> behaviour depends on command line arguments without at least an
> indication in the type. The fact that the function can not perform
> stuff like that is precisely the guarantee that the Haskell type gives
> me...

I don't think there's an answer that's uniformly right; it depends on
whether you think of the input to the program, e.g. the environment,
command-line arguments, etc. as 'constant' and in some sense, pure.
The latter are constant in the sense that they never change, but they
are not fixed at compile-time. Other languages effectively treat them
as pure (by passing them directly to main), whereas Haskell chooses
not to, which is probably the reason why getArgs has IO in its type
(something that seems unintuitive at first.)

That precedent supports the view that e.g. a command-line flag
shouldn't affect behavior without the type reflecting it, e.g. by
doing IO, but the de facto use of the unsafe IO trick means not
everyone agrees.

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Re: Martin Odersky on "What's wrong with Monads"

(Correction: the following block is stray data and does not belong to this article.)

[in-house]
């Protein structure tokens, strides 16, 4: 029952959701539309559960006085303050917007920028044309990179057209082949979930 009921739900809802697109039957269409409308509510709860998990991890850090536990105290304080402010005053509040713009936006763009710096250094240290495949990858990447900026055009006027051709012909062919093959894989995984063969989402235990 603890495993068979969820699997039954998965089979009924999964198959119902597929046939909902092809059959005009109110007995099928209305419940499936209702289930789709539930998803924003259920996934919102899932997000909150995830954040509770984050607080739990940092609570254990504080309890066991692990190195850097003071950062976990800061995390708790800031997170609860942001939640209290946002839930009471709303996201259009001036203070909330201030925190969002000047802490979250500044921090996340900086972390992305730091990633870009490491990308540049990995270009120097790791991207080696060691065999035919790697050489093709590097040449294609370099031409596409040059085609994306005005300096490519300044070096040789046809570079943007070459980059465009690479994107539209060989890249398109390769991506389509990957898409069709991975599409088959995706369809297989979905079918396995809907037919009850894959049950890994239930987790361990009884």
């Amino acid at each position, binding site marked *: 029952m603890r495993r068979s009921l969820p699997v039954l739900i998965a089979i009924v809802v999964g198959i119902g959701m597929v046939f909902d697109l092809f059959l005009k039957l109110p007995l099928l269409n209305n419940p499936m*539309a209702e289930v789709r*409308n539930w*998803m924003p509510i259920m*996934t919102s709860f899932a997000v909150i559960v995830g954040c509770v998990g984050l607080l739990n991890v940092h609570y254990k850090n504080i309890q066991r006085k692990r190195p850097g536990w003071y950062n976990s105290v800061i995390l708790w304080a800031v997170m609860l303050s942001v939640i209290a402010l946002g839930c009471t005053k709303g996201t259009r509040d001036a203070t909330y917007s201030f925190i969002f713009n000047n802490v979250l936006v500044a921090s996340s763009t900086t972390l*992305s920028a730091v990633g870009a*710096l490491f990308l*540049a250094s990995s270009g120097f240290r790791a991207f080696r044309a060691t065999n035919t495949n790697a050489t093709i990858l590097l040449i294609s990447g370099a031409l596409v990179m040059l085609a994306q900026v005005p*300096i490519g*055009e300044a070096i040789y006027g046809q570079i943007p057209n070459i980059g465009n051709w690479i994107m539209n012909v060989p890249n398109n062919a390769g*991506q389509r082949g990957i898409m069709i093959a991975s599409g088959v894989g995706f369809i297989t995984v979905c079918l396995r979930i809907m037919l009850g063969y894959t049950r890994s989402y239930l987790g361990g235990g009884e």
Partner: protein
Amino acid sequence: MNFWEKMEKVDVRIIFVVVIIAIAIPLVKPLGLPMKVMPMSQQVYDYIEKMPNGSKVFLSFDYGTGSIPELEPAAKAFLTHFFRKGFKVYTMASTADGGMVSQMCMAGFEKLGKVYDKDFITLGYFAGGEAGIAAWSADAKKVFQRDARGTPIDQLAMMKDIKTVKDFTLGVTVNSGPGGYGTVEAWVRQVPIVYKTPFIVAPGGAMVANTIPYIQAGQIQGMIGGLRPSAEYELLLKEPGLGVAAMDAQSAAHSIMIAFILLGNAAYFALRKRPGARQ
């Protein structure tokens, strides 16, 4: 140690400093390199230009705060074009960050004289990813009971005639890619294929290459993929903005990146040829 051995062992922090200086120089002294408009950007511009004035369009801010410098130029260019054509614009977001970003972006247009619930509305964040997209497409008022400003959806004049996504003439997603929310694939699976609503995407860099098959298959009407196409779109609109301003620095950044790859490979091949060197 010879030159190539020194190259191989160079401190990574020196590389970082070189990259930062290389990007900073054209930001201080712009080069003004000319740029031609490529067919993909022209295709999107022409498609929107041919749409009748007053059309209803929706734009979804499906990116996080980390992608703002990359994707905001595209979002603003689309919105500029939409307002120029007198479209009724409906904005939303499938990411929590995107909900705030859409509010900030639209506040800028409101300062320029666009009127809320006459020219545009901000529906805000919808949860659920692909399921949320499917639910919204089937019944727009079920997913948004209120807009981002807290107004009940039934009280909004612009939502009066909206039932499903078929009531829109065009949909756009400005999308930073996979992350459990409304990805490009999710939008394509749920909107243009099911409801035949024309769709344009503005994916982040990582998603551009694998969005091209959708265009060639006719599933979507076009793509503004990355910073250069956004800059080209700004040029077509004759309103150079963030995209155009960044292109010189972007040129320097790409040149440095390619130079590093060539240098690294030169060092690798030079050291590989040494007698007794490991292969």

Facundo Domínguez
In reply to this post by Jonathan Geddes
> That precedent supports the view that e.g. a command-line flag
> shouldn't affect behavior without the type reflecting it, e.g. by
> doing IO, but the de facto use of the unsafe IO trick means not
> everyone agrees.

For those interested, here's [1] a case where treating command line
arguments as top level constants went wrong.
Look specifically at the section named "Crime Doesn't Pay".

Best,
Facundo

[1] http://www.aosabook.org/en/ghc.html


> Date: Tue, 3 Jul 2012 17:49:48 -0400
> From: Alvaro Gutierrez <[hidden email]>
> Subject: Re: [Haskell-cafe] Martin Odersky on "What's wrong with
>         Monads"
> To: Dominique Devriese <[hidden email]>
> Cc: [hidden email]
> Message-ID:
>         <[hidden email]>
> Content-Type: text/plain; charset=ISO-8859-1
>
> On Thu, Jun 28, 2012 at 2:53 PM, Dominique Devriese
> <[hidden email]> wrote:
>> 2012/6/27 Tillmann Rendel <[hidden email]>:
>>> How would you implement this requirement in Haskell without changing the
>>> line "amount (Leaf x) = x"?
>>
>> I may be missing the point here, but having worked on large code bases
>> with a wide variety contributors before, I find it very advantageous
>> that programmers are prevented from writing an amount function whose
>> behaviour depends on command line arguments without at least an
>> indication in the type. The fact that the function can not perform
>> stuff like that is precisely the guarantee that the Haskell type gives
>> me...
>
> I don't think there's an answer that's uniformly right; it depends on